Awards & Recognition
During this year’s Police Week (May 11-17), the Neenah Police Department recognized several employees with awards:
Officer Vicki Strebel, a 15-year NPD veteran, was named the department’s Officer of the Year. Officer Strebel heads up the department’s Honor Guard unit, which has performed at parades, ceremonies, and even Milwaukee Brewers baseball games. Officer Strebel is also the department’s senior training officer, and has assisted in the training of many of the younger officers. She is looked to as a leader on patrol – not only by her peers at the Neenah Police Department, but also by the members of other local agencies.
Administrative Assistant Brenda Mathison received the department’s Employee of the Year Award, which is given to an outstanding non-sworn employee every other year. Brenda provides invaluable technical help to members of the department in graphics, databases, photography and videography, social media, and project work.
Officer Nick McDonald was presented the Exceptional Service Award for his inexhaustible work and energy to initiate the Neenah K9 program. Officer McDonald first brought the idea for a K9 program forward, promoted the creation of the program to administrators and council, and led out in fundraising efforts. The K9 program is now in place serving the citizens of Neenah with distinction.
Officer Chris Gorden, the department’s K9 handler, received an Outstanding Arrest Award for the work he and his partner, Cedric, did to accomplish one of the largest methamphetamine seizures in northeast Wisconsin.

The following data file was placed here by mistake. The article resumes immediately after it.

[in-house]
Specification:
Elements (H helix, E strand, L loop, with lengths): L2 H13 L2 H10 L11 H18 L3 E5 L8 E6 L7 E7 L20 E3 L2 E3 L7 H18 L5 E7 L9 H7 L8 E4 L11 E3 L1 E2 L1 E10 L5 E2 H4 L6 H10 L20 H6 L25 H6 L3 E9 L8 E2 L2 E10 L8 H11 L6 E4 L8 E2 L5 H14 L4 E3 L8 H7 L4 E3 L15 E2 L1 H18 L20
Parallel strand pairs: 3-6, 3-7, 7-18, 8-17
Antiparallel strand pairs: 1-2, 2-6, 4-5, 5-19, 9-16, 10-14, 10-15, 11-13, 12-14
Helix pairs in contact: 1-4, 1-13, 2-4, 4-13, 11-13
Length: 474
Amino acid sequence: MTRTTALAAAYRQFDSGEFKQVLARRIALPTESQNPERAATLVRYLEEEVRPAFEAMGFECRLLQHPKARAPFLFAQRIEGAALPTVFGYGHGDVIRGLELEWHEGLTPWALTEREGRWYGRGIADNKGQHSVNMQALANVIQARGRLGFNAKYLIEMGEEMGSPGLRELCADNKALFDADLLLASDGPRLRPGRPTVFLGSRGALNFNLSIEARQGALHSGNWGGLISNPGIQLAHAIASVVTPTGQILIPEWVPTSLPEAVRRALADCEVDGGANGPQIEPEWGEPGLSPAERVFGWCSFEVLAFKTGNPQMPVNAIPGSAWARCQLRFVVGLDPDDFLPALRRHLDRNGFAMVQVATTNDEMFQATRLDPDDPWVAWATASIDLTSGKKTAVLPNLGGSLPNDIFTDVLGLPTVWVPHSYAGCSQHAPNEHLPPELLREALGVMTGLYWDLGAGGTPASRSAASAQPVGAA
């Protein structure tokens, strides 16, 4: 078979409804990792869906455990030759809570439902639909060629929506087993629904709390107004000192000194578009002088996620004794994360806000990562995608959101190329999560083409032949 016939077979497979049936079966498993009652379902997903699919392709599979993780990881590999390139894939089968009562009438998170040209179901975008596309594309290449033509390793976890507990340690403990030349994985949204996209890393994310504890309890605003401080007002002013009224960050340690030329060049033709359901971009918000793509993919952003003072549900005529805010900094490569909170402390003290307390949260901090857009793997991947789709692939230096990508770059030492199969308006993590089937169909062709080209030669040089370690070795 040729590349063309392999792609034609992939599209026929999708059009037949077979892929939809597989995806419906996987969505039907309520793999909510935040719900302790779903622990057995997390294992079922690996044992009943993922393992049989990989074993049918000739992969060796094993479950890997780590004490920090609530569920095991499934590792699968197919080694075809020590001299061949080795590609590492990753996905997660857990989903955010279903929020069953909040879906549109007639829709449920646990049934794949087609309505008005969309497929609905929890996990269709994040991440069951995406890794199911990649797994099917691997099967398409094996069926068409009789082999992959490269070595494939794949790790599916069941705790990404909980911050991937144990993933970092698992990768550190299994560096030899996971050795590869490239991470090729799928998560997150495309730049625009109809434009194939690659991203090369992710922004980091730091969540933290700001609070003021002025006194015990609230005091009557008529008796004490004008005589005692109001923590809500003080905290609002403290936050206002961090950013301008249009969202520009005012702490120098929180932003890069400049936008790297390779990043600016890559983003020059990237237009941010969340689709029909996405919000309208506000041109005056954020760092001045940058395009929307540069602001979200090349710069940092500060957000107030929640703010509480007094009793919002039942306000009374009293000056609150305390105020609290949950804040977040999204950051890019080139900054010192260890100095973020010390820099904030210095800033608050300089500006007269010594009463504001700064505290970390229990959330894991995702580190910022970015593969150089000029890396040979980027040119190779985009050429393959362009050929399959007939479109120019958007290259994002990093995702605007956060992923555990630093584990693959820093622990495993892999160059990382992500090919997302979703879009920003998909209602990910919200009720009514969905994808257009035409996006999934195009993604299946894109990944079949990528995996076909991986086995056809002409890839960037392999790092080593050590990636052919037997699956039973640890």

Officer Marlyn Heiting was presented an Outstanding Arrest Award for his timely capture of two burglars who had just broken in and surprised a homeowner, and were fleeing the scene of the crime. Officer Heiting was conducting traffic enforcement duties and had the suspects detained even before the burglary call was dispatched.
Lieutenant Jeff Malcore was recognized for 25 years of service to the department.
Police Chief Kevin Wilkinson commented on the pride he feels for the award recipients, as well as for those who didn’t receive awards. “Awards programs only tell part of the story,” he said. “They recognize those incidents and acts that become widely known, as they should. But there are so many other selfless, even heroic acts that occur quietly and never find their way into an award nomination.”